Saturday, September 28, 2013
Make Art, Make Money, and Believe the Beard: What Jim Henson Teaches Us about Bridging Creative Integrity and Commercial Success
“Art suffers the moment other people start paying for it,” Hugh MacLeod proclaimed in Ignore Everybody, echoing a prevalent cultural sentiment. And yet there’s something terribly disheartening and defeatist in the assumption that we’ve created a society in which it’s impossible to both make good art and not worry about money — an assumption that tells us art is necessarily bad if commercially successful, and commercial success necessarily unattainable if the art is any good.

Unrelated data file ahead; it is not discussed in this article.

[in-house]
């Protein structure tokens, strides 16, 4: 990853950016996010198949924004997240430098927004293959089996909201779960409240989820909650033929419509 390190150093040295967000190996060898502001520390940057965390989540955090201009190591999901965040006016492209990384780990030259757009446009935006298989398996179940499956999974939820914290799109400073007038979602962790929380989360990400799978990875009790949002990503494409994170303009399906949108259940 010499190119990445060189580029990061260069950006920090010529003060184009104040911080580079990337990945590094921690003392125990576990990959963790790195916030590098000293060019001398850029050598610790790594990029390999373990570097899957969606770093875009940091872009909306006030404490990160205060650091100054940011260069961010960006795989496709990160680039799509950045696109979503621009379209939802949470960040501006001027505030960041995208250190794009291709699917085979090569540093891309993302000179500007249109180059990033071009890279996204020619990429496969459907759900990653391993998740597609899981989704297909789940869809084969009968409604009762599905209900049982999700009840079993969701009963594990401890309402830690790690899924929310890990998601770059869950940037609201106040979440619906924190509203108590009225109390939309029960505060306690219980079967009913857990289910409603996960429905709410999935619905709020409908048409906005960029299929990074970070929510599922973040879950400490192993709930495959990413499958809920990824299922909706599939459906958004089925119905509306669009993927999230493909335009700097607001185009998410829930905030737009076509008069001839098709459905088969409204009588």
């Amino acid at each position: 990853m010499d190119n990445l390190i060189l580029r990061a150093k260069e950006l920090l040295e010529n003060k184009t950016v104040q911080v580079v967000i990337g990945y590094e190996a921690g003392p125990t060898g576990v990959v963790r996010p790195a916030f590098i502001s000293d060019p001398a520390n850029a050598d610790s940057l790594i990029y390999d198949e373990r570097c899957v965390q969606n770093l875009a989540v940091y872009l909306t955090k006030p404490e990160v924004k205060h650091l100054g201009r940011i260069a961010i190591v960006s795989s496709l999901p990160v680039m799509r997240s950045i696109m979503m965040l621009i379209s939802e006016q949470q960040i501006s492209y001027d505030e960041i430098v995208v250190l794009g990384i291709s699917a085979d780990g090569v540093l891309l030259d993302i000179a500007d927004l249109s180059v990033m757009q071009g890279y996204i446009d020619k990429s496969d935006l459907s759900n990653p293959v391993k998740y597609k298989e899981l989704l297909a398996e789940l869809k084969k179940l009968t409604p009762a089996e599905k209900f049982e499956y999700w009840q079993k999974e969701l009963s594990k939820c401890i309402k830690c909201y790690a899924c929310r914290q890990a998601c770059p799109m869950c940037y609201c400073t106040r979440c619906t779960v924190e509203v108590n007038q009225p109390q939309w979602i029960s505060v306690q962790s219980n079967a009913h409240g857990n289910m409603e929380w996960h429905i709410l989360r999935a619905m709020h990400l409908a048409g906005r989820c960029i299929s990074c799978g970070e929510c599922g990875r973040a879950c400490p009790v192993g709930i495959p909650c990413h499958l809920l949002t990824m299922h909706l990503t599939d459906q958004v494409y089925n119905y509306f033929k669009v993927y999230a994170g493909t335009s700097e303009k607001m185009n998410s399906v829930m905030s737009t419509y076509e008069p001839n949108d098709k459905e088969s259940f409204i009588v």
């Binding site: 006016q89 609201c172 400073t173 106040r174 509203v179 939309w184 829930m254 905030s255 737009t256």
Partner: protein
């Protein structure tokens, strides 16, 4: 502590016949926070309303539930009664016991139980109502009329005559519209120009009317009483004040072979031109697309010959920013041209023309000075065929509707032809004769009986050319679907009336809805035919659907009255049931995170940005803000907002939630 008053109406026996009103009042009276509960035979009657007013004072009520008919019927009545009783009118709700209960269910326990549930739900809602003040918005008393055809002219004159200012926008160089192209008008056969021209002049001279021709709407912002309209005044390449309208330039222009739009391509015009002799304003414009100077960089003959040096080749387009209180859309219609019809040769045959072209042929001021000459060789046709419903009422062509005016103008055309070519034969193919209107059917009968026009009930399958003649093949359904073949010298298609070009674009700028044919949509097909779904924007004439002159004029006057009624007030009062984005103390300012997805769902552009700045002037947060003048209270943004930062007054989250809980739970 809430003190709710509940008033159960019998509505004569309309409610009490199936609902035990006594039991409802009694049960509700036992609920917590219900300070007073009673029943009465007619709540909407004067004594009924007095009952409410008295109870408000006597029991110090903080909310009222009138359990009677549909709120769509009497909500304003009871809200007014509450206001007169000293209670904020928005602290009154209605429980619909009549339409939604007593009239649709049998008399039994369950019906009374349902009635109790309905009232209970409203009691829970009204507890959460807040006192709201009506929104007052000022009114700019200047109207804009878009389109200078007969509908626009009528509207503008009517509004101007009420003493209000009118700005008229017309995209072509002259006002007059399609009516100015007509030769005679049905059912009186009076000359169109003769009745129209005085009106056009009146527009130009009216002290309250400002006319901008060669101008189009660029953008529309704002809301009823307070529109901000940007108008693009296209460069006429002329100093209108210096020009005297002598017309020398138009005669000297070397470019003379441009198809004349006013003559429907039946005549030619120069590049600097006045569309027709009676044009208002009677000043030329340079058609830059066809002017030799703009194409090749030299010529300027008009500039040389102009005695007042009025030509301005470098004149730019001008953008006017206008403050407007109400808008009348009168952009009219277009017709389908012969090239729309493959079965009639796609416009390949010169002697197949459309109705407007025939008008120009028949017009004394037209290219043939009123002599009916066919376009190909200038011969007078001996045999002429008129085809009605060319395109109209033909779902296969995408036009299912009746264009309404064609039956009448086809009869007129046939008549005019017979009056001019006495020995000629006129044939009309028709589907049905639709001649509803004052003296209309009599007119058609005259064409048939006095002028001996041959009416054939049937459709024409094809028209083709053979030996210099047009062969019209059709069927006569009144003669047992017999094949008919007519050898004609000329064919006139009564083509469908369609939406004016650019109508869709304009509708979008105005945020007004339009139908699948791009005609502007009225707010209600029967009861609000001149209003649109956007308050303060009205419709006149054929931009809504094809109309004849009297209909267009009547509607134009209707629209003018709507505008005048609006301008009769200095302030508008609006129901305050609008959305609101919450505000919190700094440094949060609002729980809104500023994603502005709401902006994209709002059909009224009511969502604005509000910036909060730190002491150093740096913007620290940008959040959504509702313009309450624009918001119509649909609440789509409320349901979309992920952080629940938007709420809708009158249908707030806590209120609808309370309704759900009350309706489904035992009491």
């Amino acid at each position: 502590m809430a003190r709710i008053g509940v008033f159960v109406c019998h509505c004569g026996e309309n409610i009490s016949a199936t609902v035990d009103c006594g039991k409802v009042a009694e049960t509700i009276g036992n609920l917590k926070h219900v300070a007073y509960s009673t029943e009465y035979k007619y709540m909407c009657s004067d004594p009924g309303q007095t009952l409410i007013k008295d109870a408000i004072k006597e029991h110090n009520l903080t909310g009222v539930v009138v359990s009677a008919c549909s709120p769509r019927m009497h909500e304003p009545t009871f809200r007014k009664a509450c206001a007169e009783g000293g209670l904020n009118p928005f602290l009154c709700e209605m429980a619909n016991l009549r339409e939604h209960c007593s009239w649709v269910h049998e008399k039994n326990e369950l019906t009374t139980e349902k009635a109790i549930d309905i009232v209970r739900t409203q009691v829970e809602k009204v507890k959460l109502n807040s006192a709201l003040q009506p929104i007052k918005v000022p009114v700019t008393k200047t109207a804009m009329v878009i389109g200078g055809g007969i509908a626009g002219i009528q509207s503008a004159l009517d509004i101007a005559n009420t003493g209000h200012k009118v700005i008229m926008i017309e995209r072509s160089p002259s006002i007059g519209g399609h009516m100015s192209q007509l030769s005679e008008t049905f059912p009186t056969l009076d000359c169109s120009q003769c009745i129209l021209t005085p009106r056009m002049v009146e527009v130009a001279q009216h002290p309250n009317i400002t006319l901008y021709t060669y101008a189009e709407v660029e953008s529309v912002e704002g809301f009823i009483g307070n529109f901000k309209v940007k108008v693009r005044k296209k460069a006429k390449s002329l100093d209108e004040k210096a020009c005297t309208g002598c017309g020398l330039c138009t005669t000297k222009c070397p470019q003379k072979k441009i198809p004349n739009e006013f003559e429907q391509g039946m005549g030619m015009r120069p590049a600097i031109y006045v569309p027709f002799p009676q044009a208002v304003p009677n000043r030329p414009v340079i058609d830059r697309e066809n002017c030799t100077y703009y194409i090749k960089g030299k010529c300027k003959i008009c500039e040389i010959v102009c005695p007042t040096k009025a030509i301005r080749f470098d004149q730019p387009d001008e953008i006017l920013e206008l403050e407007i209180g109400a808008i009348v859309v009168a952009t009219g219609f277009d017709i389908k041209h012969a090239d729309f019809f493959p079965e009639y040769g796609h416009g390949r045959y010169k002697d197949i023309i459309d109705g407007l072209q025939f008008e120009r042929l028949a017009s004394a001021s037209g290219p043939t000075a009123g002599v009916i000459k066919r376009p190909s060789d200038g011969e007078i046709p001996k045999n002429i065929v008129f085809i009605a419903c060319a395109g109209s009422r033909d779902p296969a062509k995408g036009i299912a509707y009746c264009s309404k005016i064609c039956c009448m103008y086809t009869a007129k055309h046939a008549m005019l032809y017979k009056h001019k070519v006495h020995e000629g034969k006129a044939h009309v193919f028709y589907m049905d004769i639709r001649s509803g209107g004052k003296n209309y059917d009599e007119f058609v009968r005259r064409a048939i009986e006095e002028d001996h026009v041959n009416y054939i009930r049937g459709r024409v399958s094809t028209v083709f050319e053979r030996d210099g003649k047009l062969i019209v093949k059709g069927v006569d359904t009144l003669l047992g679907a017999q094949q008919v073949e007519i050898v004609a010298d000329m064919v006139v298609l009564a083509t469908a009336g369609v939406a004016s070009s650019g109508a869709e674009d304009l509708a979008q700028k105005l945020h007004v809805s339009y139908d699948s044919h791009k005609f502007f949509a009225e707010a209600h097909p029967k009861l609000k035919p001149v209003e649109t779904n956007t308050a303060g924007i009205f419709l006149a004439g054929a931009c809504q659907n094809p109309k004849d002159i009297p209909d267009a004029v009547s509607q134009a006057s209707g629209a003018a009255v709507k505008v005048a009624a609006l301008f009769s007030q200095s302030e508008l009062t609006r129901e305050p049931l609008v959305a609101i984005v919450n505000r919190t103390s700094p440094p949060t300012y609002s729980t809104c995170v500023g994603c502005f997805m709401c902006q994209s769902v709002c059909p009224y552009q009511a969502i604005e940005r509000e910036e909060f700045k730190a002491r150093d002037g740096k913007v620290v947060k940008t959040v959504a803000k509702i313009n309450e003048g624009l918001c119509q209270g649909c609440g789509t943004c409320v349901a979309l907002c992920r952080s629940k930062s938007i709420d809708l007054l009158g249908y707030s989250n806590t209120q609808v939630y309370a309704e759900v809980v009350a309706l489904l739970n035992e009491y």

But in Make Art Make Money: Lessons from Jim Henson on Fueling Your Creative Career, writer Elizabeth Hyde Stevens sets out to debunk this toxic myth through the life and legacy of the beloved Muppeteer.
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